home   :    index    :    ancient Persia    :    Alexander the Great    :    article by Jona Lendering

Bessus / Artaxerxes V


Map of Bactria and Sogdia. Design Jona Lendering. Bessus: Persian nobleman, murderer and successor of king Darius III Codomannus. He reigned as Artaxerxes V between July 330 and late Summer 329 BCE.

In the summer of 331, Bessus commanded as satrap the Bactrian troops. This means that he was a very important Persian nobleman and probably a close relative of king Darius III Codomannus (336-330), because the satrap of Bactria -northern Afghanistan- usually was the first in the line of succession, the mathišta. (A crown prince would reign Bactria for a couple of years and a king without grown-up sons would appoint his brother in this satrapy.) The precise relation between Darius and Bessus remains unclear.

On 1 October 331, the Macedonian king Alexander the Great (336-323) defeated the Persian army at Gaugamela. During the winter, Darius, who stayed at Ecbatana, tried to build a new army and ordered his satraps to bring reinforcements. They never arrived; it is not clear why.

Ancient-Warfare.com, the online home of Ancient Warfare magazine

The face of Darius III Codomannus. Detail of the Alexander mosaic, National museum Naples (Italy).
Darius III Codomannus. Detail of the Alexander mosaic (National museum Naples)

Darius was now forced to go to the eastern satrapies, which were famous for their mounted archers. If he could reach Bactria, he would be save. However, Bessus, Barsaentes (the satrap of Arachosia and Drangiana), and Satibarzanes (the satrap of Aria), assessed the situation differently. If they remained loyal to their king, the Macedonians would invade the eastern satrapies. On the other hand, if they arrested Darius and delivered him to the invaders, there would be no war, because it was unlikely that the Macedonians were interested in faraway countries, where they would be forced to fight a war of an unknown type.

As a consequence, they arrested Darius when he was in Parthia; probably, they wanted to deliver him to Alexander. To the Macedonian king, this was unacceptable: if he executed his prisoner, his Persian subjects would never be loyal to Alexander's reign, but if he left him alive, there would be a natural focus for Persian resistance. To prevent the bargain, Alexander and his cavalry rushed to the east, striking terror among Bessus and his followers. In early July 330, Darius was executed; his murderers fled to Bactria. The incident is mentioned in the contemporary Alexander Chronicle.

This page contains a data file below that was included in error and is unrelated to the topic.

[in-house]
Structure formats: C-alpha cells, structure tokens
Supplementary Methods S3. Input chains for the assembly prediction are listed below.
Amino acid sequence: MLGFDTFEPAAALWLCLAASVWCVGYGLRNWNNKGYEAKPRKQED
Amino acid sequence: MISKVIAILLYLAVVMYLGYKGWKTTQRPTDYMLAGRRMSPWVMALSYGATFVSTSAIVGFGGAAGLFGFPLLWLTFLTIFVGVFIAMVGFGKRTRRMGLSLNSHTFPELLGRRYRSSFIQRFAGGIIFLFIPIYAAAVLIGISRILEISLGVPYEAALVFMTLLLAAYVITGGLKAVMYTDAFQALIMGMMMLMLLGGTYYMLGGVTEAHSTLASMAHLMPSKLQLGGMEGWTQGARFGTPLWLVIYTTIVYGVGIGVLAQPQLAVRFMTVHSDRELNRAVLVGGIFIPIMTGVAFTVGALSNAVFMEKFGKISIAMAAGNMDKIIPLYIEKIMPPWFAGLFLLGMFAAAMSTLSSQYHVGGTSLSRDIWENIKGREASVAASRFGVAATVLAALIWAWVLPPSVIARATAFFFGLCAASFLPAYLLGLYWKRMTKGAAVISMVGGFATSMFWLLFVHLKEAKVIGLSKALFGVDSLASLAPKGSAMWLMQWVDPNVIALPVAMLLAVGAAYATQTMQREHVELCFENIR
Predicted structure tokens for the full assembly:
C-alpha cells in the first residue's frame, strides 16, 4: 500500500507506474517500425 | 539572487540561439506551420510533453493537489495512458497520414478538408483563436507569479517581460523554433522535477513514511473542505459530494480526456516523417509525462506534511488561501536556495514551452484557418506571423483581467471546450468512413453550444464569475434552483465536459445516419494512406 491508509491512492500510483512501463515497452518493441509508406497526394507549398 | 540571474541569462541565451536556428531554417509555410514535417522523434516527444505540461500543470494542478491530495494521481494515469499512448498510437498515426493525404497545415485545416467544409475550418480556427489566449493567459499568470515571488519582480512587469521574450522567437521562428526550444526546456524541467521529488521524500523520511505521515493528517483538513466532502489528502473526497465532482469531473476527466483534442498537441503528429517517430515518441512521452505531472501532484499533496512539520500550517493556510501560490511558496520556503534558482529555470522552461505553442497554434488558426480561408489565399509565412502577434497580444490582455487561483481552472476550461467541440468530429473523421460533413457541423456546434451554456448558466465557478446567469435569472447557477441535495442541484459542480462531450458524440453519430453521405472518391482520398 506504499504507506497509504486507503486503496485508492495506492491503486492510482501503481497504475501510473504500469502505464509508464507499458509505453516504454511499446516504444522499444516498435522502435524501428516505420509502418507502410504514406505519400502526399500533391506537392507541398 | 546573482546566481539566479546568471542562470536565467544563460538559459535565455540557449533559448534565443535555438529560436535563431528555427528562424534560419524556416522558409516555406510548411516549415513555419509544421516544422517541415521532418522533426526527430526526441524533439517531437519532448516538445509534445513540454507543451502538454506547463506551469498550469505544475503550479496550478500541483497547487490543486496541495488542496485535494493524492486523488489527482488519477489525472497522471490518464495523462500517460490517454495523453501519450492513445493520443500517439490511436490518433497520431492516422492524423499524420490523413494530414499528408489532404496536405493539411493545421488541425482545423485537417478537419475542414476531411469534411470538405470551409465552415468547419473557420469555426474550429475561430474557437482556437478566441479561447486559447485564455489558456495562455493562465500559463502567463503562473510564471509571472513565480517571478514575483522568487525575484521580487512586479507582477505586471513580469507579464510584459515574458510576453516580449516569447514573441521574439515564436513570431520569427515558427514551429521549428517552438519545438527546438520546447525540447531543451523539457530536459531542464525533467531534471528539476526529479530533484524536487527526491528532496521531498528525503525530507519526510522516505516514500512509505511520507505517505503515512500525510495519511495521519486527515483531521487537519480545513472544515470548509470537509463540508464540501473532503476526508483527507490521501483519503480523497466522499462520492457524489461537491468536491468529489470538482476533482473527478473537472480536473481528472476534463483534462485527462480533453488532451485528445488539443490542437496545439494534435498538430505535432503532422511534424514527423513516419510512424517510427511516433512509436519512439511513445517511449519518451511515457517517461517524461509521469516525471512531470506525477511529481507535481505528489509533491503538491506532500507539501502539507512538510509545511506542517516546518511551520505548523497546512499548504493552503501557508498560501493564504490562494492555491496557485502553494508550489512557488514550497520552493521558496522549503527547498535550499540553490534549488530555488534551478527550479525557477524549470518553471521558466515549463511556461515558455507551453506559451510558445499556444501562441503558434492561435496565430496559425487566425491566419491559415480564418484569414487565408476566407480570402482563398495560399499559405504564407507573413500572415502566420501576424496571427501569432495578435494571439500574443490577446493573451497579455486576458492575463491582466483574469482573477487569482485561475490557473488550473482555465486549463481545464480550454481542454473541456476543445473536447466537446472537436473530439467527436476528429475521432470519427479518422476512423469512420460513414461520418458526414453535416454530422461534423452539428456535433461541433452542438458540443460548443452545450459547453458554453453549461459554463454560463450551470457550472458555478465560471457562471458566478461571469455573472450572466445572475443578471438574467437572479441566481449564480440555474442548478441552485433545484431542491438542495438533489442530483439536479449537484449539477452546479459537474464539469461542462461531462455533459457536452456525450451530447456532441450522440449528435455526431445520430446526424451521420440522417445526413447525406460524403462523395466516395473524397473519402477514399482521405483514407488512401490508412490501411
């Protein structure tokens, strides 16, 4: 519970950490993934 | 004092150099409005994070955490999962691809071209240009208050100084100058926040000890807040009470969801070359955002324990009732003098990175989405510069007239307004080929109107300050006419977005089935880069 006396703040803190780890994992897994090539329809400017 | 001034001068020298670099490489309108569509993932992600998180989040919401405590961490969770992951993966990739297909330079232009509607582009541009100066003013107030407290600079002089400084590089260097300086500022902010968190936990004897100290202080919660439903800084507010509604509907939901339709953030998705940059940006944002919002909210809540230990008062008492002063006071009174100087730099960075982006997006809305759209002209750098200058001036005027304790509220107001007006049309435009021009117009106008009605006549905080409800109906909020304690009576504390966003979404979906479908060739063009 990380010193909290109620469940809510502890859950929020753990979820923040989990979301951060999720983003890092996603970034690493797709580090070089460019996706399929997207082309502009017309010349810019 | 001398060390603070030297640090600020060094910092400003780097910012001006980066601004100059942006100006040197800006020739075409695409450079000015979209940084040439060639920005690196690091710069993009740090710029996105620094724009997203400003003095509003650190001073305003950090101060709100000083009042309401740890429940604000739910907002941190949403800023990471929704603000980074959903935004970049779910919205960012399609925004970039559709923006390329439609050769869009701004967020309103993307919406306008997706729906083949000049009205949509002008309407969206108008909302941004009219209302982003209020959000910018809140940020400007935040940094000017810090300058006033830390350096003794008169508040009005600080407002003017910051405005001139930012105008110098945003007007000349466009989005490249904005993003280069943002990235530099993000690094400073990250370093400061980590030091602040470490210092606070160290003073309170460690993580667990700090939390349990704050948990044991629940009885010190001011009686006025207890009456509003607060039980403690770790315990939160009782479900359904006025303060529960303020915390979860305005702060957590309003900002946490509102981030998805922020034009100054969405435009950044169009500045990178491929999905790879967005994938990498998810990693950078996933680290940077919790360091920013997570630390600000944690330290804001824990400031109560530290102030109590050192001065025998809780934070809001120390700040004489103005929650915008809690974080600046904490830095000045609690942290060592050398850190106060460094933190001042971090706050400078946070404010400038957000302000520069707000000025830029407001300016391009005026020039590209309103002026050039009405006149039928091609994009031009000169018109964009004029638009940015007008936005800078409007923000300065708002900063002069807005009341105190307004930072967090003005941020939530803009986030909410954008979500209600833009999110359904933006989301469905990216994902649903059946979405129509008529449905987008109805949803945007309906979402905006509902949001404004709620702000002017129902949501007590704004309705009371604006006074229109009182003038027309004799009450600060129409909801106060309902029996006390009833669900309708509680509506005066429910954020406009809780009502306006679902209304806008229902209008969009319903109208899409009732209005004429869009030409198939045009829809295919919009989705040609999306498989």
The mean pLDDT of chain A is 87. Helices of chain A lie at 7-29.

Bessus' policy does not look very kind, but it was not unreasonable. Arresting and extraditing Darius could have been instrumental to save the eastern satrapies - except for the fact that Alexander had decided to stay in Asia. Other invaders had ultimately left the Achaemenid empire, but this was not Alexander's idea.




If Bessus had surrendered at this stage of the war, he would have become one of Alexander's most respected courtiers (the other murderers, Satibarzanes and Barsaentes, were initially pardoned). However, after a few weeks, according to Arrian of Nicomedia, Bessus proclaimed himself king and took the name Artaxerxes V. This was a mistake, because Alexander considered himself the rightful Persian king; he now had to attack Bessus. In fact, Bessus gave Alexander an excuse to continue his march to the east.
According to an alternative
reading of the Alexander
Chronicle, Bessus proclaimed 
himself king immediately, and 
not after a brief period.


Bessus tried to defend Bactria, and in fact forced Alexander to make a detour through Drangiana, Arachosia and Gandara, that is through southern Afghanistan. In the Spring of 329, Alexander crossed the Hindu Kush mountains, which Bessus had left unguarded because only a madman would try to cross them early in the year. His mistake was decisive.

Bessus tried to prevent the Macedonian crossing of the Oxus river by burning all available ships. However, Alexander's men built rafts: they stuffed their tents with hay, and five days later, the army was on the other bank in the southeast of what is now called Turkmenistan. The crossing of the Hindu Kush, the pebble desert and the Oxus were impressive deeds and the enemy lost heart. Bessus' courtiers Spitamenes and Datames arrested Artaxerxes V Bessus and handed him over to Ptolemy, Alexander's friend and future biographer.

Alexander had Bessus cruelly mutilated: his ears and nose were cut off. This was shocking to the Greeks and Macedonians, but it was what Alexander had to do as a Persian king who punished a regicide. Two centuries before, Darius the Great had ordered the same treatment for Phraortes, the last ruler of independent Media (see Behistun inscription, section 32). After the mutilation, Alexander handed Bessus over to Darius' brother Oxyathres, ordering that he should bring the rebel to the place where he had killed his master, crucify him and keep the vultures away from the dead body. This was a very gruesome deed: the Zoroastrians believed that the dead must be devoured by birds. It was the Persian equivalent of the Greek denial of burial.


 
 home   :    index    :    ancient Persia    :    Alexander the Great